According to Statistics Canada, the country’s most-popular leisure activity is walking. 70% of Canadians went for a walk at least once in the past three months. Of those Canadians who walk, the average is five walks per month.
But people don’t just walk for leisure. Walking can be a practical way to go places. Although only 7% of Canadians walk to work, 33% of people aged 10-16 walk to school.
Studies show a clear link between walking and health. Active lifestyles reduce risks of disease, tackle obesity, and contribute to better mental health.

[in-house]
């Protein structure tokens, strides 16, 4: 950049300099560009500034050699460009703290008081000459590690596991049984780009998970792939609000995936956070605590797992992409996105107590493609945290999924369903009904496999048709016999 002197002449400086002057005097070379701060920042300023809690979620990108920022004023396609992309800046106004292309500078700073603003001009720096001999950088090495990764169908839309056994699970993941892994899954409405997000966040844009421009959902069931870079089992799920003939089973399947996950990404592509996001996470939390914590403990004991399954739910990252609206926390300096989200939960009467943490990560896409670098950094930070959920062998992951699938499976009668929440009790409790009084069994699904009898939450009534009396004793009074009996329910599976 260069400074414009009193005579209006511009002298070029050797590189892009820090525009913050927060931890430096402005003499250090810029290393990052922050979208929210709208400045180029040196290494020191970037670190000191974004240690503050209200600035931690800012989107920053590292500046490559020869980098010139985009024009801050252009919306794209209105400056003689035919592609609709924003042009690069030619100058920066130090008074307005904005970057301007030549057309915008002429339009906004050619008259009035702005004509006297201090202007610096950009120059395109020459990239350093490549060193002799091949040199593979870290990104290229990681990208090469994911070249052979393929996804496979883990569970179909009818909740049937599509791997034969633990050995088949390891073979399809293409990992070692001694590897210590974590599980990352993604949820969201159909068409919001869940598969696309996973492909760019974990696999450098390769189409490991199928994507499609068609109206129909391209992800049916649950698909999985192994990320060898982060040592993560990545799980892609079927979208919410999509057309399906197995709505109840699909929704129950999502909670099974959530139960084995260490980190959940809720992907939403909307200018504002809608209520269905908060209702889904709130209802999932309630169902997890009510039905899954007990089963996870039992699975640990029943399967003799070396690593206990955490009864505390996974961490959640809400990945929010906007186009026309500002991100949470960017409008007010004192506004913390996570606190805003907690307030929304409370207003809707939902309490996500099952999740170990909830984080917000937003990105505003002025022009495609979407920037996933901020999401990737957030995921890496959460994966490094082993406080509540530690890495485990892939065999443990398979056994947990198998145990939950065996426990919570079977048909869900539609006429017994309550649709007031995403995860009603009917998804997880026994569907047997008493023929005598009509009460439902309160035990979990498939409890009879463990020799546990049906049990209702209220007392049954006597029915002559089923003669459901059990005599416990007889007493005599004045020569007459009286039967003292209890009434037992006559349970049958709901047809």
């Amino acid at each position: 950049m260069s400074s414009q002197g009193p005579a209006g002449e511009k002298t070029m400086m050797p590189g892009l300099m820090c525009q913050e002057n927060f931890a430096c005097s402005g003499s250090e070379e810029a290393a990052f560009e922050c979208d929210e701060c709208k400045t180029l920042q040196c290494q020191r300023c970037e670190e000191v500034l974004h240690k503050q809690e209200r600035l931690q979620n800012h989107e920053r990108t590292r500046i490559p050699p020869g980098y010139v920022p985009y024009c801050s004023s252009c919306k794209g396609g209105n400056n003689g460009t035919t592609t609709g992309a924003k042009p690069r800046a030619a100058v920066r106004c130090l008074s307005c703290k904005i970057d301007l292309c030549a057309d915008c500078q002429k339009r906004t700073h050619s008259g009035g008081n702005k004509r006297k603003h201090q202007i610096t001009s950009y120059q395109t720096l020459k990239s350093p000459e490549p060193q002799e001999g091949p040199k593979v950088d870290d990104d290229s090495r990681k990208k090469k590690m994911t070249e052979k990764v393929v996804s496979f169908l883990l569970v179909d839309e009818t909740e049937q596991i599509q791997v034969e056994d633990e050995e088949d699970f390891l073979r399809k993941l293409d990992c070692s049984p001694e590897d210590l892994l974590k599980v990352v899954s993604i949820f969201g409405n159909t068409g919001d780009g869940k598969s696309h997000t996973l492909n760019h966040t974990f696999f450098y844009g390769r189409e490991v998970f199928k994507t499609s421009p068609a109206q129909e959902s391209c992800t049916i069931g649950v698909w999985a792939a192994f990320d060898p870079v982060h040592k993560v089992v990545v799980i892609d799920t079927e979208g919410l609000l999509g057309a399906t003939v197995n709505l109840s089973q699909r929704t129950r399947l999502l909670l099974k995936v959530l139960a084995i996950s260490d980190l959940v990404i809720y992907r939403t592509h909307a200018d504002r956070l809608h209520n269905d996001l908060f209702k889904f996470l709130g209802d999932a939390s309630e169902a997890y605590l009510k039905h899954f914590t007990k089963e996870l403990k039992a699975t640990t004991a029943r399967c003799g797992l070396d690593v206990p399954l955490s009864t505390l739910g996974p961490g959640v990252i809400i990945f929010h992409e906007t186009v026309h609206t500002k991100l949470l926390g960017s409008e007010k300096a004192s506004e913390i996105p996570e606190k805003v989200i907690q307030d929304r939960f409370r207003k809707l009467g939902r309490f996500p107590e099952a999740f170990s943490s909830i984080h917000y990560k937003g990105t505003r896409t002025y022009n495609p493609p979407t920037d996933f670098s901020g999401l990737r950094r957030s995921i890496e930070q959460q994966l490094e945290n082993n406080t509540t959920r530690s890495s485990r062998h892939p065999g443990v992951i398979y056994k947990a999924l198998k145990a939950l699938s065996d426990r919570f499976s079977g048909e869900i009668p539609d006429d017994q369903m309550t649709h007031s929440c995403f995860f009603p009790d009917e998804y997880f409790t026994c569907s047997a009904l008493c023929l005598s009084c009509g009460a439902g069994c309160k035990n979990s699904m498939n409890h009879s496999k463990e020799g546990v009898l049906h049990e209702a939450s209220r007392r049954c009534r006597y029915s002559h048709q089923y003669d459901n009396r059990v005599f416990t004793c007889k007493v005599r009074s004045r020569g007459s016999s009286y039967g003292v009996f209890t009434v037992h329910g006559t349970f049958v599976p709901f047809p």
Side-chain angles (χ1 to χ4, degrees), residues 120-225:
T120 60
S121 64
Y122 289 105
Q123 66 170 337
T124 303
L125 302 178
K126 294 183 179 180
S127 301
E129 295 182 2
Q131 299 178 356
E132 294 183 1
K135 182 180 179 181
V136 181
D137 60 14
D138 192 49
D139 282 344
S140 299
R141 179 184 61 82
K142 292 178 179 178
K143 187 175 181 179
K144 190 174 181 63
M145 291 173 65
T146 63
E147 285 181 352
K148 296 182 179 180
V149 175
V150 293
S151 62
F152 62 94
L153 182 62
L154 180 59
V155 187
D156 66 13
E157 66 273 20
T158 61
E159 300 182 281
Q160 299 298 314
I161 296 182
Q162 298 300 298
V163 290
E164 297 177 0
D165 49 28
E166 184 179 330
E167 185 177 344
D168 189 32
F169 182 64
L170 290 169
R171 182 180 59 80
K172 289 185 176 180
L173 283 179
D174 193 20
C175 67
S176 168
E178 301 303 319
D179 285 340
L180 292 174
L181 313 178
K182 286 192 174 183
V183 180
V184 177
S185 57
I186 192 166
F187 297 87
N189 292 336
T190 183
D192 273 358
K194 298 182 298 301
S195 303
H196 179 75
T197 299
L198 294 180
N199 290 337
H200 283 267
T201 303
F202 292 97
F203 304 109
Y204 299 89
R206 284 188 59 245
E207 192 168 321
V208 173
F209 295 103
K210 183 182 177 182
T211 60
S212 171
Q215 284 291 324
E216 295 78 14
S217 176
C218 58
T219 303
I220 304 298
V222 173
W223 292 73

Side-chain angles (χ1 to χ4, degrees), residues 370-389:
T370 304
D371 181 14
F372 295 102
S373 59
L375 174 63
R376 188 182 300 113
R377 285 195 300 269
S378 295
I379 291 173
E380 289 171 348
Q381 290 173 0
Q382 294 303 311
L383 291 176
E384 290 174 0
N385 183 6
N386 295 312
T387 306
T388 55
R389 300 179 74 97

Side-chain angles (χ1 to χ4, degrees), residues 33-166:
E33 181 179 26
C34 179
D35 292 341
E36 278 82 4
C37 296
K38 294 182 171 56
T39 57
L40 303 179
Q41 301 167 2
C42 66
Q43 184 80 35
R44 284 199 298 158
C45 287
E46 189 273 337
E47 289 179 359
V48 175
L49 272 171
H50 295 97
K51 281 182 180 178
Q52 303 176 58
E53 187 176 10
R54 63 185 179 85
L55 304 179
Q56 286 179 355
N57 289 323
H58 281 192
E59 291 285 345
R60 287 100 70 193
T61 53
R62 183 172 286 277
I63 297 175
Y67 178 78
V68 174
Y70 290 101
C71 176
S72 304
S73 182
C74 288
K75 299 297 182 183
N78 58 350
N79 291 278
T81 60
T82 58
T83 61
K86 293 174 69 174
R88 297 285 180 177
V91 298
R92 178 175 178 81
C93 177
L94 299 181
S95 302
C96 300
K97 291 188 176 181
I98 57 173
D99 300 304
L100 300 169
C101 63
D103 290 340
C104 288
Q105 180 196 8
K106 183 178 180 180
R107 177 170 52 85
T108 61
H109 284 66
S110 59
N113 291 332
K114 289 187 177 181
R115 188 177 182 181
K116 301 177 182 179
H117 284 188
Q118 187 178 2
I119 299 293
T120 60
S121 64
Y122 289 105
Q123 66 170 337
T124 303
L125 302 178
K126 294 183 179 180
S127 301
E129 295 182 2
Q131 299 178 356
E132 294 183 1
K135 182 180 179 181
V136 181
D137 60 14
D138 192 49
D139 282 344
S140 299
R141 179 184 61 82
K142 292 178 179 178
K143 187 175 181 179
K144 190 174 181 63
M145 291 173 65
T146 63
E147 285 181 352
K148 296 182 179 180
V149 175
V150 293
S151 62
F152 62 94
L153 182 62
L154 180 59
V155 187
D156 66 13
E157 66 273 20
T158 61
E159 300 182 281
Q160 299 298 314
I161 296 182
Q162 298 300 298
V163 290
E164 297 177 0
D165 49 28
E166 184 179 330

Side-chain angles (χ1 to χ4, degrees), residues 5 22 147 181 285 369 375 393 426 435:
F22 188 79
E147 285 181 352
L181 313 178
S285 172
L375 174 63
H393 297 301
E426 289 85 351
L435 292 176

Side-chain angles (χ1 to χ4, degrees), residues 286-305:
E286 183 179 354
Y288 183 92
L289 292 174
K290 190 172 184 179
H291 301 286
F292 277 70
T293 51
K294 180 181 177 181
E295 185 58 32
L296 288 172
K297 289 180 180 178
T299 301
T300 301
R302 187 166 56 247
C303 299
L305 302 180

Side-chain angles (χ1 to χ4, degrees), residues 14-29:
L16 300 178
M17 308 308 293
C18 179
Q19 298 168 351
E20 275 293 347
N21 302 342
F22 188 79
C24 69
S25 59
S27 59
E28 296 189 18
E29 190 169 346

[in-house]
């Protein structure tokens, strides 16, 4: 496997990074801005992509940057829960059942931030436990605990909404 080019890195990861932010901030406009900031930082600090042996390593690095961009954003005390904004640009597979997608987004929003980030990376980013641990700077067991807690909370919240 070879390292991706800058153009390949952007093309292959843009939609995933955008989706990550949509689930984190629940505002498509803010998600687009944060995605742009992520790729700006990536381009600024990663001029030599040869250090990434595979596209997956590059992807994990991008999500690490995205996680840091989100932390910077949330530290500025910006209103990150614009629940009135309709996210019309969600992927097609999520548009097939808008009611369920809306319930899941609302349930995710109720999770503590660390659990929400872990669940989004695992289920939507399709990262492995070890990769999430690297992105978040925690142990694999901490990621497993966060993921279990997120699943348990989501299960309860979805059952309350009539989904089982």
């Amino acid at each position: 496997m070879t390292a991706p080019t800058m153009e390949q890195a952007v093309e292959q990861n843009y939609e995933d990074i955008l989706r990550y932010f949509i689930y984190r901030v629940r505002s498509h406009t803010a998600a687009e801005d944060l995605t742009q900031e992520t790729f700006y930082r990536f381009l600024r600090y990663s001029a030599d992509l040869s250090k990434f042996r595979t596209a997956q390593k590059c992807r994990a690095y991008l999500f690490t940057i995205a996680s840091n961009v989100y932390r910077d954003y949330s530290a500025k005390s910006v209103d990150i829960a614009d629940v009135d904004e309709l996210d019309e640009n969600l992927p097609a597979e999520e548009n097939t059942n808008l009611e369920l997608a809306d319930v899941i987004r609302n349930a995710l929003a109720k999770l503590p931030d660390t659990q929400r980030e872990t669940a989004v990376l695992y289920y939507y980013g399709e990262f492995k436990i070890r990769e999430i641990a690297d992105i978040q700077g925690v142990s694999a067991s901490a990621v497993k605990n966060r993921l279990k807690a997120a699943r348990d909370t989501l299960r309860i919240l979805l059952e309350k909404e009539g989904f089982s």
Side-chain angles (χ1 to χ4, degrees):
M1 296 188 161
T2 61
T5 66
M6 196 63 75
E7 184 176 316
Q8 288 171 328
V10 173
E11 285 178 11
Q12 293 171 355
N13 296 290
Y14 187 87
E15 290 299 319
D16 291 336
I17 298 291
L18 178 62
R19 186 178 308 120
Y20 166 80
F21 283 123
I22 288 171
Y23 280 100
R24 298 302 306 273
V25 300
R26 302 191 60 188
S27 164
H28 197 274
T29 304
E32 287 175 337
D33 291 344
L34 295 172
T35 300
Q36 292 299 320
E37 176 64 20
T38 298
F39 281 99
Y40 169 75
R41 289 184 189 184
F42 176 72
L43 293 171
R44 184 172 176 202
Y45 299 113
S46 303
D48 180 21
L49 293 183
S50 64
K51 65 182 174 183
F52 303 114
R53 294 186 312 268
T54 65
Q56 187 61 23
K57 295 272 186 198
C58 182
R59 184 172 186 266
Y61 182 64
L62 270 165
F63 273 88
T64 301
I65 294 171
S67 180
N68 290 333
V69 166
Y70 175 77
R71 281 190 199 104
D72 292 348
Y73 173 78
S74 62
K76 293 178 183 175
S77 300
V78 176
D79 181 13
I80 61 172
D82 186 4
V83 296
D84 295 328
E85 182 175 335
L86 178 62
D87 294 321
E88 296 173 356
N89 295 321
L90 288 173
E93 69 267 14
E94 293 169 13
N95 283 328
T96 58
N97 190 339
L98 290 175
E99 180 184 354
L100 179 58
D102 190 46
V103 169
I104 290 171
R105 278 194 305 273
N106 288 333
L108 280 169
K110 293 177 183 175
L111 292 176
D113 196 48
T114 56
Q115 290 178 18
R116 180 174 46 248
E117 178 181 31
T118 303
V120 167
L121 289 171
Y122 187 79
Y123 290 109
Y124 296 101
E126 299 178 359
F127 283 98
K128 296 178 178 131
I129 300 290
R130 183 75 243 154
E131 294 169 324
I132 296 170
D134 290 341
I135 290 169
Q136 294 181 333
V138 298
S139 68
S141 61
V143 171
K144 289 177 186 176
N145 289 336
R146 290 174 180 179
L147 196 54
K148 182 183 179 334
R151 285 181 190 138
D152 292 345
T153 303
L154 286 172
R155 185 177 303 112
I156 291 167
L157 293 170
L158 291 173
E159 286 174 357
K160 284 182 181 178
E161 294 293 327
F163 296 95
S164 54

Yet like almost anything, walking is not completely without risk. Roadways can be dangerous places for pedestrians. According to SGI, over 13% of all traffic fatalities in Saskatchewan in 2011 were pedestrian deaths—20 deaths in total:
As well, 342 pedestrians were injured on Saskatchewan roadways in 2011.
Looking more closely at these statistics, we find that 36% of the pedestrians were hit while trying to cross at an intersection, and 20% were hit while crossing or running into the roadway mid-block. Sometimes the driver was at fault, sometimes the pedestrian was at fault. In fact, SGI data revealed that in 8 of the 20 deaths, pedestrian action was a contributing factor.
So what are the rules of the road? What can be done to improve pedestrian safety? And how can citizens create communities that are better designed for diverse forms of traffic? This issue of The PLEA considers these questions.